Coworking Space for Medical Practices?

In the past, I have remarked that certain kinds of businesses and professions are poorly served by coworking spaces.  These include anything that needs special equipment or environmental controls or branded space.  I have also remarked that some services that require privacy, such as medical or behavioral clinics.

This summer, I read of a “coworking space for medical practice” [1].  Hmm.    Am I wrong about this?  How does this work?


First of all, the facility is aimed at “private practice”, i.e., a small clinic with one or a few practitioners.  Conventionally, the facility would be owned and managed by the doctors.  The “coworking” space basically takes over the administrative work and expense, and provides (presumably appropriate) shared resources for all the tenants.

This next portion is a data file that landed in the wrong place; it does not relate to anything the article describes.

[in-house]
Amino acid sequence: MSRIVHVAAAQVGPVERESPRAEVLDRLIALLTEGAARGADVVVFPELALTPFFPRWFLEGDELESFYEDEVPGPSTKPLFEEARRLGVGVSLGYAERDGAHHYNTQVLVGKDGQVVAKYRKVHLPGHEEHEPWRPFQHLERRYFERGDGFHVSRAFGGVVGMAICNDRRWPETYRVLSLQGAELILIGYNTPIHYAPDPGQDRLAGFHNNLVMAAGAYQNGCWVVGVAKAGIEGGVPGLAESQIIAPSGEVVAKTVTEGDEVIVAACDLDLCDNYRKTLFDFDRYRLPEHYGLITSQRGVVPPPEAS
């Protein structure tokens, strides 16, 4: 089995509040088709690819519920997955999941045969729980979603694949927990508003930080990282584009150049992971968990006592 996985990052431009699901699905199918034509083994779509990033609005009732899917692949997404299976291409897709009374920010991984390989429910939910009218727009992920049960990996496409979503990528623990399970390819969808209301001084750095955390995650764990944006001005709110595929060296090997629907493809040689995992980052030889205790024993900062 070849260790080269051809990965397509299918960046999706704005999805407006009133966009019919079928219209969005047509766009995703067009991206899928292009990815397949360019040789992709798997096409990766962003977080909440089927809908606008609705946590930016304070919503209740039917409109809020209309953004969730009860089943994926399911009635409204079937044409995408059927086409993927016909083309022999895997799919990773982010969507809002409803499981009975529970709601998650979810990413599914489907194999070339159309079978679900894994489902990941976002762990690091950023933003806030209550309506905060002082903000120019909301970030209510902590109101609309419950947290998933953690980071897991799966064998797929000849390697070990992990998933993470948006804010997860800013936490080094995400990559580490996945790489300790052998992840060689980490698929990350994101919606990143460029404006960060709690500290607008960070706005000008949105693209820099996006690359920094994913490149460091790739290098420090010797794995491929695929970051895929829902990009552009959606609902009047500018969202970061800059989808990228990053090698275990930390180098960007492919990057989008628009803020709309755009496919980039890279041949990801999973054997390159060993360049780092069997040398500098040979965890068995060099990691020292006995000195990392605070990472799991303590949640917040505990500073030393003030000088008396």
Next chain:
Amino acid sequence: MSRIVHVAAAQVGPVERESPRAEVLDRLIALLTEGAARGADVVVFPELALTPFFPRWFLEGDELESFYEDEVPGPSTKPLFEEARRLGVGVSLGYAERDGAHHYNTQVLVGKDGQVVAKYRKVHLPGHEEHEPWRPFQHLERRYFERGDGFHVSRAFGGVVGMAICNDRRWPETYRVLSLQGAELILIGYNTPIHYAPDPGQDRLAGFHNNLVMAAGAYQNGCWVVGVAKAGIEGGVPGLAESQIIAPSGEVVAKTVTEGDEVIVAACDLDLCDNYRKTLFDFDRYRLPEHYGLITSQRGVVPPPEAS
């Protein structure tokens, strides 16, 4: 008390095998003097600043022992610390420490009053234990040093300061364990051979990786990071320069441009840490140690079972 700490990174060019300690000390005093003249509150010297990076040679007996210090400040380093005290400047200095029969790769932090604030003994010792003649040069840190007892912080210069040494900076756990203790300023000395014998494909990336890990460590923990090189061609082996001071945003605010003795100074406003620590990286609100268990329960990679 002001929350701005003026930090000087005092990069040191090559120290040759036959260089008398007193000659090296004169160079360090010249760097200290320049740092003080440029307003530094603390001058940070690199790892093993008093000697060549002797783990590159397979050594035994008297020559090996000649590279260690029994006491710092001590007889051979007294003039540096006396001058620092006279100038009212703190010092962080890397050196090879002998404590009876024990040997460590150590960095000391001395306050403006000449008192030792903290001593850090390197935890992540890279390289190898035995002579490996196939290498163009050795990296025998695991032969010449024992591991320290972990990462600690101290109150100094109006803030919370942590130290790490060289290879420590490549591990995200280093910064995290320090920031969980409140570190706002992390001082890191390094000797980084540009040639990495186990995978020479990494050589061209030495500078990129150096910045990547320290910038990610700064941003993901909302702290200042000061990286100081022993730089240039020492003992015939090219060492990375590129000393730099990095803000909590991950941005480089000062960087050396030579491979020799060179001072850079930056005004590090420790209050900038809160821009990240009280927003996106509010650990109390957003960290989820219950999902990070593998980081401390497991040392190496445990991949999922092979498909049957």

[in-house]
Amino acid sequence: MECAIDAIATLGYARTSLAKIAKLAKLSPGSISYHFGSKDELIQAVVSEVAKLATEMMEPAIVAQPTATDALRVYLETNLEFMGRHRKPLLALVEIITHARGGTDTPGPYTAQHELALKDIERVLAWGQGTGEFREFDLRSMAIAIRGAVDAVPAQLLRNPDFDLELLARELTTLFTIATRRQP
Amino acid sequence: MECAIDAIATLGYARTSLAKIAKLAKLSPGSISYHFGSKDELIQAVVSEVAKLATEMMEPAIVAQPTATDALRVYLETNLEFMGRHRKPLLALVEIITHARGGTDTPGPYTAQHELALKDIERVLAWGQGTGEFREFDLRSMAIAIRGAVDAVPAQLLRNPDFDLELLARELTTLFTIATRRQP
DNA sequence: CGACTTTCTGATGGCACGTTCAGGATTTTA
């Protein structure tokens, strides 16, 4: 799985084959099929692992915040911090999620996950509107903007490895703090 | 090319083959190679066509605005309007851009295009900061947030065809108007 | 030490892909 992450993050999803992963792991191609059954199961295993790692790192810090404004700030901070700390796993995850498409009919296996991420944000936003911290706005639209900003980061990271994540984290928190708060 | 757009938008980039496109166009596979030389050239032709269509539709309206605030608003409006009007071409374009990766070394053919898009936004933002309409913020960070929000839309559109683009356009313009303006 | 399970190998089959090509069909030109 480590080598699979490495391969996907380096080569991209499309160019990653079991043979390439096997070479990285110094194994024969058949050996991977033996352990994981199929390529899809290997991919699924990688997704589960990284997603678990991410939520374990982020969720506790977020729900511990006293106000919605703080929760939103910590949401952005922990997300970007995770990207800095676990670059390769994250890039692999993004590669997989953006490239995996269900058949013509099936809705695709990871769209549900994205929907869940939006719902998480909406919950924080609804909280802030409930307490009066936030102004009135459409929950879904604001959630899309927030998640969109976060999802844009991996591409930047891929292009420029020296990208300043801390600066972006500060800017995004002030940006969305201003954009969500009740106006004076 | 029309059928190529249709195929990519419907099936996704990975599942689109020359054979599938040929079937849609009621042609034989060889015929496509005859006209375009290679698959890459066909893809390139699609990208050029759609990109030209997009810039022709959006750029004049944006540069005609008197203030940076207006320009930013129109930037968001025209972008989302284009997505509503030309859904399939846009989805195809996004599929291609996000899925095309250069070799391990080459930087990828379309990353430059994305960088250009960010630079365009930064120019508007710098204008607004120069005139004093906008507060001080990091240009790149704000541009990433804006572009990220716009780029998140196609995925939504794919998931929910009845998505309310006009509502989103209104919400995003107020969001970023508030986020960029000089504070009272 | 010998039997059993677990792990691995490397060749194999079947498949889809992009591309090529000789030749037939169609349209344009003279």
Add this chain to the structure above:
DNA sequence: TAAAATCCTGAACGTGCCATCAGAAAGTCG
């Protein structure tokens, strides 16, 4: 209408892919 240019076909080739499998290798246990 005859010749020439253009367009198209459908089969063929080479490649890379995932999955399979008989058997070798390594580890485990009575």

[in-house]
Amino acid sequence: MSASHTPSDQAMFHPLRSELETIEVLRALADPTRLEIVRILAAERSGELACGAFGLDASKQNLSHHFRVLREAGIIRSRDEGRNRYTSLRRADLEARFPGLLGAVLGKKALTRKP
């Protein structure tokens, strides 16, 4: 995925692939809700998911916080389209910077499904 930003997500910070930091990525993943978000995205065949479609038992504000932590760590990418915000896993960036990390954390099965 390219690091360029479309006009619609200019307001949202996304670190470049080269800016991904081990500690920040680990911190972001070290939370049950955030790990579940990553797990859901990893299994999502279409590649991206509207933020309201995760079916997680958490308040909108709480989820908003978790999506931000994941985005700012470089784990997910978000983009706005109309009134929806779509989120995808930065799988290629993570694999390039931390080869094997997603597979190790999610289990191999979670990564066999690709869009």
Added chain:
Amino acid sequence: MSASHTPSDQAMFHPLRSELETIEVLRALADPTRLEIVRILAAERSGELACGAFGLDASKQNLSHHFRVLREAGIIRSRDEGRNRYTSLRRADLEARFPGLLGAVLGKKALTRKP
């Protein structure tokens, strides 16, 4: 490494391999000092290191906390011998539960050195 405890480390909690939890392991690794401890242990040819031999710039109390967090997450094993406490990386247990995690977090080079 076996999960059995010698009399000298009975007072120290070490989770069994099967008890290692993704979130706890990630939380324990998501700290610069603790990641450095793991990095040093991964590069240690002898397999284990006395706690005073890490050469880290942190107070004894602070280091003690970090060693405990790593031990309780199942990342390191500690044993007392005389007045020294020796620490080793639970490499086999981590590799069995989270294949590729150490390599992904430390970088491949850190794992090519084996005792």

The company calls it “a concierge collaborative care environment.”

So, one question is, is this a “coworking space”, in the sense that most people might mean?  Historically most coworking space is not “boutique”, it is very generic.  Also, coworking space is classically shared, open plan workspace, not private “offices and studio space”.

On the other hand, a coworking space certainly is about sharing infrastructure, and offloading administrative responsibility to the operator.  And the operator promises “a comprehensive, fully managed, operating system for medical professionals.” This apparently includes people expert in “high touch customer service and brand building experience.”  (That’s not what a computer operating system is about, so the borrowed term is confusing to me.  But, I  digress.)

In general, the operator of coworking space aims to replace important features of a conventional workplace that are missing for independent workers:  infrastructure, management, networking, a sense of community.  This medical operation is doing the same thing, for a specialized kind of workplace.